Staunton, April 12 – Writing in Warsaw’s Gazeta Wyborcza a week ago, Wacław Radziwinowicz argued that Moscow’s victory in World War II has become “the new civic religion” in Russia, a suggestion that has provoked a strong negative reaction in that country with many Russians saying that the Polish journalist had insulted their national history.
On April 1, Radziwinowicz, the Polish paper’s chief Moscow correspondent, wrote in advance of the May 9 commemorations that “the cult of a Victory of 70 years ago – a word which in Russia is always written with a capital letter has been converted into the basis of a civic religion, an indisputable dogma which the state, law and church guard with all their strength”.
His article attracted the attention of many Russian media outlets, with some Russians indicating in their comments that they agreed with the Polish writer but with most sharing the views captured in the title of one article “Polish Journalist Pours Dirt on Russian History”.
Radziwinowicz has now discussed both his argument and the Russian reaction to it with Anna Plotnikova, a correspondent for VOA’s Russian Service, who also interviewed Nikita Petrov, a historian with Moscow’s Memorial organization.
The Polish correspondent tells VOA that what is happening with Victory Day is the result of Russia’s losses in the oil and gas wars, the collapse in the price of oil and the decision of Europe to find other sources for its energy needs.
“Therefore,” Radziwinowicz says, “the Russian authorities have hurried to find for themselves another source of their own legitimacy, and such a source has been found in the form of the mobilization of society.” He adds that in his opinion, “now Russian society is ready for war.”
The Kremlin has concluded that the West is not prepared to use force against it, but Moscow has not missed a chance to talk about its “nuclear potential” and readiness to “‘defend compatriots abroad,’ even if the latter do not ask to be defended.” Thus, this cult is preparing Russians for another war.
“The ideological foundation for the mobilization of its own population and the show of force is provided,” the Polish journalist says, by constant reference to the Great Fatherland War, a conflict that was holy and without flaws “when all good was on our side and all evil on the side of our opponents.”
And that imagery is maintained by sacrificing accuracy: The American use of nuclear weapons against Japan, for example, is considered a war crime even though „the Soviet Union was also at war with Japan;” and Soviet atrocities in East Prussia are simply ignored or denied altogether.
Petrov agrees. “The Great Victory is all our tradition, all our history. The Bolsheviks cut off Russians from the history of the people before 1917. With them the October Revolution was still sacred. [But] to us now the only things left to be positive about are…the taking of Berlin and the flight of Gagarin. What else can we be proud of in the last century? Nothing.”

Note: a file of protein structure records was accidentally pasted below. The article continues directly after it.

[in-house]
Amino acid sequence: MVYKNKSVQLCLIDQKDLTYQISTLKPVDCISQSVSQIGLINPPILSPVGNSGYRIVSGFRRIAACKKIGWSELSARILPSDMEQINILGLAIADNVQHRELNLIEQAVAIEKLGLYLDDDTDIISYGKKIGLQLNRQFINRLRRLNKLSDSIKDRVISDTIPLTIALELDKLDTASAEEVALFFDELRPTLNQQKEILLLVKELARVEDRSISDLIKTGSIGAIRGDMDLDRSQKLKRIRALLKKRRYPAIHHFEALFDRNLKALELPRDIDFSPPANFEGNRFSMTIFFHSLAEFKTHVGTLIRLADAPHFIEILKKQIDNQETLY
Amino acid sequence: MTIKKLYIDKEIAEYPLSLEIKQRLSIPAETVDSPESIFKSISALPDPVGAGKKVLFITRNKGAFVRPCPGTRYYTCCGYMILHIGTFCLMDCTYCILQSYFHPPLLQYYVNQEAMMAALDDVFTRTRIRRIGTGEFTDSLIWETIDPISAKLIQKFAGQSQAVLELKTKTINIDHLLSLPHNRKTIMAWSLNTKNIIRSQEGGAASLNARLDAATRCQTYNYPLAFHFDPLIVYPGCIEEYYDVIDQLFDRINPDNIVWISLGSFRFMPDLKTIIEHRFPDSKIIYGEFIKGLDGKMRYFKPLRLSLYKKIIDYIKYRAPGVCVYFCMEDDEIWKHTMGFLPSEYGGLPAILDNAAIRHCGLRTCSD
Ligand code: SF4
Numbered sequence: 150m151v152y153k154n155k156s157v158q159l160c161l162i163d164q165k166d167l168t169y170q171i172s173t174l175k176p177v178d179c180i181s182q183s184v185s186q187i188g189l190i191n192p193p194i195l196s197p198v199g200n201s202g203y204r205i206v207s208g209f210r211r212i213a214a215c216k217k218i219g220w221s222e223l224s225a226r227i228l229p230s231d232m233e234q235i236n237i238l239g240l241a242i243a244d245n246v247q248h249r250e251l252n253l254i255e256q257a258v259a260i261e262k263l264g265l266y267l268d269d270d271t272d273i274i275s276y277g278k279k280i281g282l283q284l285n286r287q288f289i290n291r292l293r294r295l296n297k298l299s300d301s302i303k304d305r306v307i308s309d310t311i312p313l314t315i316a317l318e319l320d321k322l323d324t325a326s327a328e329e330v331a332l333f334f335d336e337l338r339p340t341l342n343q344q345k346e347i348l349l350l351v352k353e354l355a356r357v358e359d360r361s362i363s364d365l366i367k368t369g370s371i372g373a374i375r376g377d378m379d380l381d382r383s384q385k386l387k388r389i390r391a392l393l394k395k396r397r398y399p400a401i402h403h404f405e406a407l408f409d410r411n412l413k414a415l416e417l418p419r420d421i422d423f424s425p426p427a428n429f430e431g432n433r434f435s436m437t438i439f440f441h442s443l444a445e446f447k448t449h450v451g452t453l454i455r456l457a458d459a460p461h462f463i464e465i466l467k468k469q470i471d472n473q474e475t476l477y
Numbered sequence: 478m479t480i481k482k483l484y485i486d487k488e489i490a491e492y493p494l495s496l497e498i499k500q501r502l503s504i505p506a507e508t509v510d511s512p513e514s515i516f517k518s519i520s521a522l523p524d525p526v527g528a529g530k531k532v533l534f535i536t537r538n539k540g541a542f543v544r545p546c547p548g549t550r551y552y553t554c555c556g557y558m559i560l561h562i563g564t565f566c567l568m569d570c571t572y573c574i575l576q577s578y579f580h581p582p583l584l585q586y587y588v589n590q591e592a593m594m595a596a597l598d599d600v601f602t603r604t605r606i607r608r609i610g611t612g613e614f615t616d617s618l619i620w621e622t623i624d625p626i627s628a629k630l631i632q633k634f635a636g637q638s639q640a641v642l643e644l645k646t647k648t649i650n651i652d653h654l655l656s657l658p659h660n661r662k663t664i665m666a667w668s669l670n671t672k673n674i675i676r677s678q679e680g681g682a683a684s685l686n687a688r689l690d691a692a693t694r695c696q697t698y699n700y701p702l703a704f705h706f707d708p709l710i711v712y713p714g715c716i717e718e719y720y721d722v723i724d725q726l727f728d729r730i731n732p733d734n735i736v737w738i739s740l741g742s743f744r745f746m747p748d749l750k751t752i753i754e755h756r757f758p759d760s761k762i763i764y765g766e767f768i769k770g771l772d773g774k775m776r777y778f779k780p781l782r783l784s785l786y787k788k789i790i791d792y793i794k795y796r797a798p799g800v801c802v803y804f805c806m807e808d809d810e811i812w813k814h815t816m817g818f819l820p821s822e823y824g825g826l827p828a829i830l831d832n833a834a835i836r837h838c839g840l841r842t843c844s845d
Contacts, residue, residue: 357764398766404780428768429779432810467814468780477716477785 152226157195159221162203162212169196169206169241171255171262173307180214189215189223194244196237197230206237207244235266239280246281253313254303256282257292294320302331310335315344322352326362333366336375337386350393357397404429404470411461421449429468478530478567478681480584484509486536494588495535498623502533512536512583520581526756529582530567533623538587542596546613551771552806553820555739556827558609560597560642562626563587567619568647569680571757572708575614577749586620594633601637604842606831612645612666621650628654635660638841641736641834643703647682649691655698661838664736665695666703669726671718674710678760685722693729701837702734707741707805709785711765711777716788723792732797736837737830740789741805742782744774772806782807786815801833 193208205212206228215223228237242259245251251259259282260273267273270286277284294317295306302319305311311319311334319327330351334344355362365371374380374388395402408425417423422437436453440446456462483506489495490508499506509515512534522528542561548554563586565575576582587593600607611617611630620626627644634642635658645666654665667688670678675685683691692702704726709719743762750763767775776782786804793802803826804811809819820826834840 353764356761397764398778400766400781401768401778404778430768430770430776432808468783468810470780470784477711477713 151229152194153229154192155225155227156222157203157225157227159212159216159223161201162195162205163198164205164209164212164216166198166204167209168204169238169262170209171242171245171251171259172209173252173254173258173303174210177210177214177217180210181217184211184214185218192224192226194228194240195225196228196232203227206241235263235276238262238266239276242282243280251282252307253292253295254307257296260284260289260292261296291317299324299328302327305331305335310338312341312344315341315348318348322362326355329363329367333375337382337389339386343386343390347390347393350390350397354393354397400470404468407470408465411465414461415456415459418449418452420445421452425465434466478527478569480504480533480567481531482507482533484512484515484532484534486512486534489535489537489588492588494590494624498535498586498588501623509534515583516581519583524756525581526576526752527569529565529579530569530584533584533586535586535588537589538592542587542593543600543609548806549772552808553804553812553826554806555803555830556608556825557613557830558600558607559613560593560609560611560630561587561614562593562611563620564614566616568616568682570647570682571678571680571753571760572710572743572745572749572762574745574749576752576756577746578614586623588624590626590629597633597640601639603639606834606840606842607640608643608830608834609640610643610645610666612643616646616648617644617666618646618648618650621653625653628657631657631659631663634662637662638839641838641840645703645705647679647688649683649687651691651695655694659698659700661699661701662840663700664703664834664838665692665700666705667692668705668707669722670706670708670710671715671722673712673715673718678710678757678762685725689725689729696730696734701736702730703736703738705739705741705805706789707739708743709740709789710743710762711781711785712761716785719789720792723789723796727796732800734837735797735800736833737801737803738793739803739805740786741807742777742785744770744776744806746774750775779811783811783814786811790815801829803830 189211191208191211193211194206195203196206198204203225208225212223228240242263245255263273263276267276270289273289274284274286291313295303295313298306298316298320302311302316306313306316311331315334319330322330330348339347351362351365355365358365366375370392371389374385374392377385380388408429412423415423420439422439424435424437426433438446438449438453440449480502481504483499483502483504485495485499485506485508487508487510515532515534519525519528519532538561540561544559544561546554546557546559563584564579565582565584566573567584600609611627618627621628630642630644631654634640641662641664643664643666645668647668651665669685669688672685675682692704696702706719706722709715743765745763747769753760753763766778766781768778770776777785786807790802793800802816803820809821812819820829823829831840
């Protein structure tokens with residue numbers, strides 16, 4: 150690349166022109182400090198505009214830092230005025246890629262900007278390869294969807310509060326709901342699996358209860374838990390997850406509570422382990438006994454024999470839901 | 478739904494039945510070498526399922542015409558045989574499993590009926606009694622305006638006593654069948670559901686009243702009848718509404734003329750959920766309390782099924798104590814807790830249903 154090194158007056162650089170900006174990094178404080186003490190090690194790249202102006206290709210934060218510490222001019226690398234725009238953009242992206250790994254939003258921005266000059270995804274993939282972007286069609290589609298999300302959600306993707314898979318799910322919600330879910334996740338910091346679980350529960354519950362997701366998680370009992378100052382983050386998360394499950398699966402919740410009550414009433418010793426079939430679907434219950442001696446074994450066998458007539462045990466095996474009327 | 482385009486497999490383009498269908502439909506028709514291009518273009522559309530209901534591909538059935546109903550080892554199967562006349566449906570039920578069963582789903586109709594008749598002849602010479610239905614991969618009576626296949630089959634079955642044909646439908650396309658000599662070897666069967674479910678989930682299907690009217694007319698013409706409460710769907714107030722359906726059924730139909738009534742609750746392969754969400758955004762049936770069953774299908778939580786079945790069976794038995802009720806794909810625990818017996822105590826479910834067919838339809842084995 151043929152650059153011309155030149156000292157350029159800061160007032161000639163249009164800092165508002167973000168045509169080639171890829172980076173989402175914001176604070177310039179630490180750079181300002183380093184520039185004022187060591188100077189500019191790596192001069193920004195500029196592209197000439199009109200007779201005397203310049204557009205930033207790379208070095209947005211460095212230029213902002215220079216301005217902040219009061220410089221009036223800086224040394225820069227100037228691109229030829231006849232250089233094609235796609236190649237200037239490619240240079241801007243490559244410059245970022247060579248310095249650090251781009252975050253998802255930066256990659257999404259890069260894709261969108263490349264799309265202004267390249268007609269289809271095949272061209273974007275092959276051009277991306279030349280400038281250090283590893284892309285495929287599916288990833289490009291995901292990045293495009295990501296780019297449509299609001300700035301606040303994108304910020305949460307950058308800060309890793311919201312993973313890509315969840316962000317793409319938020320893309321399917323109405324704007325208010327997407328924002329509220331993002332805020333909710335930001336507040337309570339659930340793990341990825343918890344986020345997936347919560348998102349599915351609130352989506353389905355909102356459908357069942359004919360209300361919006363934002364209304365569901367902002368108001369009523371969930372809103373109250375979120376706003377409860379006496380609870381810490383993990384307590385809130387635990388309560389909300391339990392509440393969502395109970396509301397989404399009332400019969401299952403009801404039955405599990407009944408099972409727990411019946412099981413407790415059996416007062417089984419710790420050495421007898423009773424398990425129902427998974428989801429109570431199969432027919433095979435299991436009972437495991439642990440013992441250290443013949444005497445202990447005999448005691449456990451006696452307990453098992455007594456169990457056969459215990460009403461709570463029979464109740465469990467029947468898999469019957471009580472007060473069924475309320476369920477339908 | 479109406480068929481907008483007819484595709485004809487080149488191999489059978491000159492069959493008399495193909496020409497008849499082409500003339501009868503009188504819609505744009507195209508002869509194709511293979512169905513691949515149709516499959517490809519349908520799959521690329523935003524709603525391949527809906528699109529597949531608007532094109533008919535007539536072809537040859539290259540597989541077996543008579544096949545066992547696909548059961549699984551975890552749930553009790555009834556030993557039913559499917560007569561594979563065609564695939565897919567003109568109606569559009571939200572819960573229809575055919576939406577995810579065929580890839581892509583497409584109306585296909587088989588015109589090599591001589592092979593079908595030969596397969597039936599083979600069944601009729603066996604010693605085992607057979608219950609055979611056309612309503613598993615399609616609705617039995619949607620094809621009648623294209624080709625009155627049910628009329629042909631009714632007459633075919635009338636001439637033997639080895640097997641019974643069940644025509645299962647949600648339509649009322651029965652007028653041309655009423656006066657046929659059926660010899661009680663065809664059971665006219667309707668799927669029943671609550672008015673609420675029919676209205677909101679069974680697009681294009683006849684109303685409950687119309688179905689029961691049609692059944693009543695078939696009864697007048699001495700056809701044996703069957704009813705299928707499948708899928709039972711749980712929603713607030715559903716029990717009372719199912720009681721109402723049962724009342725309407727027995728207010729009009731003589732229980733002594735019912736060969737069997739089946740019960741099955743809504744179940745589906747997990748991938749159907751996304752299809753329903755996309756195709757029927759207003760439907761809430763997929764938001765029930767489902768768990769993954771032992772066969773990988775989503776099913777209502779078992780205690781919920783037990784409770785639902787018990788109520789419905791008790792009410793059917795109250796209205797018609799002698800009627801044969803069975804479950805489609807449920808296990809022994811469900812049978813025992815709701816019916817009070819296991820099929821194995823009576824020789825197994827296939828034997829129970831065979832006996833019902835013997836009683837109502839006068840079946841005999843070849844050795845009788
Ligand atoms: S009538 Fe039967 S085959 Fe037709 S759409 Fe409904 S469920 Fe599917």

The selective memory of Russians about the war and its consequences, he continues, reflects the fact that they “cannot imagine” that East Europeans do not share their views about the victory and are not grateful for the Soviet occupation. “’We liberated them from fascism and shared with them what we had,’ they say.”
One of the reasons for the rehabilitation of Stalin is that Vladimir Putin wants to use the conflict and its outcome in the same way Stalin did, Petrov says, privatizing and personalizing it to win unquestioned support. But the Kremlin doesn’t see that this will isolate Russia from the West for a long time to come.
Radziwinowicz for his part suggests that the West will view the rehabilitation of Stalin in a dual way. On the one hand, Western public opinion will view this as evidence that the Russians do not understand that one must not deify mass murderers. But on the other, the Western expert community will dismiss it as only Putin’s latest ideological trick.
Petrov says that the future of the Cult of Victory and any possibility that it will cease to be “a civic religion” for Russians depends not so much on the passing of time but on the policies of the Russian government. At present, however, no change in those policies appears to be in the offing.
Instead, the Memorial leader says, the war that ended 70 years ago “will soon cease to be the most important theme and its place will be occupied instead by contemporary Russian policies that from hour to hour and day to day are becoming ever more aggressive and worse.”